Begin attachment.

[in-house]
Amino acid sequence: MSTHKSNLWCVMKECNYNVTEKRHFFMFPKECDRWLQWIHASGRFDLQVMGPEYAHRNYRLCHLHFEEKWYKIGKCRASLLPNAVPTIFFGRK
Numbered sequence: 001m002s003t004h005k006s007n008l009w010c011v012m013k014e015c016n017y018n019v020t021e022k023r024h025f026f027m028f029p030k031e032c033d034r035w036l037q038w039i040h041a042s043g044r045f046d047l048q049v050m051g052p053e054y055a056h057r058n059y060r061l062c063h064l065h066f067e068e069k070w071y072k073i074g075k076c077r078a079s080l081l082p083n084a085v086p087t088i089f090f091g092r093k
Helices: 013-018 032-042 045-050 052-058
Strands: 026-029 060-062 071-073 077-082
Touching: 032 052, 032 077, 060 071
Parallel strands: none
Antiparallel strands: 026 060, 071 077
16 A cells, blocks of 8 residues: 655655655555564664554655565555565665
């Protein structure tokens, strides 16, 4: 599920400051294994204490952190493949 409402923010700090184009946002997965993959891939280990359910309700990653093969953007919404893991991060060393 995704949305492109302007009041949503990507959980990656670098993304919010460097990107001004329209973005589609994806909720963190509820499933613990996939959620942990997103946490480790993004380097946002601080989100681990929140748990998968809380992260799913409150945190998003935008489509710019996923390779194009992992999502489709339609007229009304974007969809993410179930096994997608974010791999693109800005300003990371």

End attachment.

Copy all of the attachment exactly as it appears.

[in-house]
Amino acid sequence: MSTHKSNLWCVMKECNYNVTEKRHFFMFPKECDRWLQWIHASGRFDLQVMGPEYAHRNYRLCHLHFEEKWYKIGKCRASLLPNAVPTIFFGRK
Numbered sequence: 001m002s003t004h005k006s007n008l009w010c011v012m013k014e015c016n017y018n019v020t021e022k023r024h025f026f027m028f029p030k031e032c033d034r035w036l037q038w039i040h041a042s043g044r045f046d047l048q049v050m051g052p053e054y055a056h057r058n059y060r061l062c063h064l065h066f067e068e069k070w071y072k073i074g075k076c077r078a079s080l081l082p083n084a085v086p087t088i089f090f091g092r093k
Helices: 013-018 032-042 045-050 052-058
Strands: 026-029 060-062 071-073 077-082
Touching: 032 052, 032 077, 060 071
Parallel strands: none
Antiparallel strands: 026 060, 071 077
16 A cells, blocks of 8 residues: 655655655555564664554655565555565665
């Protein structure tokens, strides 16, 4: 599920400051294994204490952190493949 409402923010700090184009946002997965993959891939280990359910309700990653093969953007919404893991991060060393 995704949305492109302007009041949503990507959980990656670098993304919010460097990107001004329209973005589609994806909720963190509820499933613990996939959620942990997103946490480790993004380097946002601080989100681990929140748990998968809380992260799913409150945190998003935008489509710019996923390779194009992992999502489709339609007229009304974007969809993410179930096994997608974010791999693109800005300003990371």